“16. From the case law referred to above the legal position that emerges is that an agreement which in effect seeks to curtail the period of limitation and prescribes a shorter period than that prescribed by law would be void as offending Section 28 of the Contract Act.  That is because such an agreement would seek to restrict the party from enforcing his right in Court after the period prescribed under the agreement expires even though the period prescribed by law for the enforcement of his right has yet not expired.  But there could be agreements which do not seek to curtail the time for enforcement of the right but which provide for the forfeiture or waiver of the right itself if no action is commenced within the period stipulated by the agreement.  Such a clause in the agreement would not fall within the mischief of Section 28 of the Contract Act.  To put it differently, curtailment of the period of limitation is not permissible in view of Section 28 but extinction of the right itself unless exercised within a specified time is permissible and can be enforced.  If the policy of insurance provides that if a claim is made and rejected and no action is commenced within the time stated in the policy, the benefits flowing from the policy shall stand extinguished and any  subsequent  action  would  be time-barred.  Such a clause would fall outside the scope of Section 28 of the Contract Act.  This, in brief, seems to be the settled legal position.  We may now apply it to the facts of this case.

19. The clause before this Court in Food Corpn. case extracted hereinbefore can instantly be compared with the clause in the present case.  The contract in that case said that the right shall stand extinguished after six months from the termination of the contract.  The clause was found valid because it did not proceed to say that to keep the right alive the suit was also required to be filed within six months.  Accordingly, it was interpreted to mean that the right was required to be asserted during that period by making a claim to the Insurance Company.  It was therefore held that the clause extinguished the right itself and was therefore not hit by Section 28 of the Contract Act.  Such clauses are generally found in insurance contracts for the reason that undue delay in preferring a claim may open up possibilities of false claims which may be difficult of verification with reasonable exactitude since memories may have faded by then and even ground situation may have changed.  Lapse of time in such cases may prove to be quite costly to the insurer and therefore it would not be surprising that the insurer would insist that if the claim is not made within a stipulated period, the right itself would stand extinguished.  Such a clause would not be hit by Section 28 of the Contract Act.

21.     Clause 19 in terms said that in no case would the insurer be liable for any loss or damage after the expiration of twelve months from the happening of loss or damage unless the claim is subject of any pending action or arbitration.  Here the claim was not subject to any action or arbitration proceedings.  The clause says that if the claim is not pressed within twelve months form the happening of any loss or damage, the Insurance Company shall cease to be liable.  There is no dispute that no claim was made nor was any arbitration proceeding pending during the said period of twelve months.  The clause therefore has the effect of extinguishing the right itself and consequently the liability also.  Notice the facts of the present case.  The Insurance Company was informed about the strike by the letter of 28/04/1977 and by letter dated 10/05/1977.  The insured was informed that under the policy it had no liability.  This was reiterated by letter dated 22/09/1977.  Even so more than twelve months thereafter on 25/10/1978 the notice of demand was issued and the suit was filed on 2/6/1980.  It is precisely to avoid such delays and to discourage such belated claims that such insurance policies contain a clause like Clause 19.  That is for the reason that if the claims are preferred with promptitude they can be easily verified and settled but if it is the other way round, we do not think it would be possible for the insurer to verify the same since evidence may not be fully and completely available and memories may have faded.  The forfeiture Clause 12 also provides that if the claim is made but rejected, an action or suit must be commenced within three months after such rejection; failing which all benefits under the policy would stand forfeited.  So, looked at from any point of vie, the suit appears to be filed after the right stood extinguished.  That is the reason why in Vulcan Insurance case while interpreting a clause couched in similar terms this Court said:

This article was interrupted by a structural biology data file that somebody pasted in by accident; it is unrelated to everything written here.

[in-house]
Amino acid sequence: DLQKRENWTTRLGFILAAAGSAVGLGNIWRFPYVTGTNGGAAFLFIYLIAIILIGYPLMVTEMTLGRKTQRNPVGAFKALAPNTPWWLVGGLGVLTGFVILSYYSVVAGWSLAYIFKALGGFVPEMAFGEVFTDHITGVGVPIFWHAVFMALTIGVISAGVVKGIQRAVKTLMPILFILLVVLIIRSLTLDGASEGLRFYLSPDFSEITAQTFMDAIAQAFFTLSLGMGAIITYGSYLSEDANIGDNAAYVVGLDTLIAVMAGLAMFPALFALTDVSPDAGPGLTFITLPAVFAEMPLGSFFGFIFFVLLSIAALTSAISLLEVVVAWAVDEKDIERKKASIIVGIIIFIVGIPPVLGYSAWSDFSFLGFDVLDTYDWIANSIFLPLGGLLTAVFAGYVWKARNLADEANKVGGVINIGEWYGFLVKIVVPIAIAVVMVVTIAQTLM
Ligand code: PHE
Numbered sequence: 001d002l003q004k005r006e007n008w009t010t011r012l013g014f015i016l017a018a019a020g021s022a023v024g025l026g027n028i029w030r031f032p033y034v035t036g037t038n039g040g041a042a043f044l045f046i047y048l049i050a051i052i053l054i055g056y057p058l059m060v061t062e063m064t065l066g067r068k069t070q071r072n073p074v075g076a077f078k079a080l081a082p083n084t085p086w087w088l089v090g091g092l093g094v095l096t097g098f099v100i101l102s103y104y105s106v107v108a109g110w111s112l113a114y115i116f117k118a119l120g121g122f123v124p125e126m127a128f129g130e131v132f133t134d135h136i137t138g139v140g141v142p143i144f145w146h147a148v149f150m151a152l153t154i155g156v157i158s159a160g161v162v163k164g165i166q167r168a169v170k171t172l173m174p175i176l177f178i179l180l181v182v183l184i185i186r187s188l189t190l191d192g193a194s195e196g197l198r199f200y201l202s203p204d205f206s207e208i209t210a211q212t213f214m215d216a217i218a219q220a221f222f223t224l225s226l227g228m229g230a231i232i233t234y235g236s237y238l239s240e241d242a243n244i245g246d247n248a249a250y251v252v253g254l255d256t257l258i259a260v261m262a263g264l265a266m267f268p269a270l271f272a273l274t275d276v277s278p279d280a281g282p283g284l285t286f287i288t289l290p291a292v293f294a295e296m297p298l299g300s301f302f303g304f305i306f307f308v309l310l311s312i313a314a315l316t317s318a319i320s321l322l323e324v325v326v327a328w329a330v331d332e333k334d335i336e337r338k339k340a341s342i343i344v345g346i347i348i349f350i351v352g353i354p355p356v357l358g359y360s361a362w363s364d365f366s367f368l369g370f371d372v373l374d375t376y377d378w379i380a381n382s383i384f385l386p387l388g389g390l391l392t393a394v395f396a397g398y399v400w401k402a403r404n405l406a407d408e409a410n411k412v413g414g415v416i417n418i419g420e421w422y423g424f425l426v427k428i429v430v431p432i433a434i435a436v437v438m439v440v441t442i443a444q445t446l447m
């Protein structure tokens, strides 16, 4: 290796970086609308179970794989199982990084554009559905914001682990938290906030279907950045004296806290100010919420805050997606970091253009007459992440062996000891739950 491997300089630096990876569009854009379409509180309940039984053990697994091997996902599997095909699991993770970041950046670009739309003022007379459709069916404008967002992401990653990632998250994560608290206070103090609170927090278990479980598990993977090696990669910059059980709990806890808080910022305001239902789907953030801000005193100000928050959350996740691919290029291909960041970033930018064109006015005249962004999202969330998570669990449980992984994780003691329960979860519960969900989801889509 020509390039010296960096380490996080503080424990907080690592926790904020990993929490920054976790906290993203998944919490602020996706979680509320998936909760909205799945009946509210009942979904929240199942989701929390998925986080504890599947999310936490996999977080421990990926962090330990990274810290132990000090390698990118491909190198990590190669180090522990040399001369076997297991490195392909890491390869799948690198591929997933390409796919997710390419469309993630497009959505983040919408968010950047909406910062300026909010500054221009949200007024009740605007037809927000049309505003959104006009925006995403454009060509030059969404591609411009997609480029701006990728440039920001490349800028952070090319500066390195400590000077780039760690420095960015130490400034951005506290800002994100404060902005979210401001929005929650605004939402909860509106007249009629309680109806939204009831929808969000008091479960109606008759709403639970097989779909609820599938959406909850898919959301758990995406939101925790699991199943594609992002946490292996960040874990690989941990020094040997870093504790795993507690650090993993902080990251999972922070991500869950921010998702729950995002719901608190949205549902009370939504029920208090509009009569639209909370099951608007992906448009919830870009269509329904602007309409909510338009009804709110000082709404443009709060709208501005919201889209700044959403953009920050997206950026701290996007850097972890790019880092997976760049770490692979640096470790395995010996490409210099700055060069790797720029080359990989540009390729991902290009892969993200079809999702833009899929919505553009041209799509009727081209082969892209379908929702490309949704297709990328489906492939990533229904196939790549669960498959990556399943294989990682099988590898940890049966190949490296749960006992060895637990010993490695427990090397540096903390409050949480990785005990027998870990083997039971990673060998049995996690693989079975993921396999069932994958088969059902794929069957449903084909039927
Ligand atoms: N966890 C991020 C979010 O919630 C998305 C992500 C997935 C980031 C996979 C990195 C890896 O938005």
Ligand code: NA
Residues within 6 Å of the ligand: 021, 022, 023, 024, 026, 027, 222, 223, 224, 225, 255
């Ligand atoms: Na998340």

“23.  …It has been repeatedly held that such a clause is not hit by Section 28 of the Contract Act….’   

   Even if the observations made are in the nature of obiter dicta we think they proceed on a correct reading of the clause.”

   “In the light of the fact that Food Corpn. Case has been considered inSujir Nayak case, no further argument remains in the matter, as Clause 6(ii) and Condition 19 are, in their essence, pari materia”.      

14.5.     The Hon. Supreme Court, therefore has held that in the light of the fact that Food Corporation case has been considered in Sujir G. Nayakcase, no further argument remains in the matter, as Clause 6(ii) and Condition 19 are, in their essence, pari materia.  We have already noted that it is this very clause 6(ii) which came for consideration in Himachal Pradesh State Forest Co. Ltd., (supra).

15.         In the case at hand the complainant was required, in terms of clause 6(ii) of the general conditions of the policy, to prefer the claim within 12 calendar months from the date of the disclaimer or else the claim for all purposes was deemed to have been abandoned or the right extinguished and the liability ceased.   The complainant’s claim is deemed to have been abandoned on completion of 12 months from 08/10/09 and it could not have been revived or extended by sending a legal notice.  The complaint therefore, deserves to be dismissed, as not having being filed within the period stipulated by clause 6(ii) of the policy and as per the  law laid down by the Apex Court in various decisions cited hereinabove and ending with Himachal Pradesh State Forest Co. Ltd., (supra).


8.      As complainant has not filed complaint within period of 12 months from the date of repudiation of part of the claim, complaint filed by the complaint before State Commission was barred by limitation and complainant was not to get benefit of limitation provided under Section 24 (A) of Consumer Protection Act and learned State Commission has not committed any illegality in passing the impugned order and appeal is liable to be dismissed.

9.      Consequently, appeal filed by the appellant is dismissed with no order as to costs.



     (K. S. CHAUDHARI, J)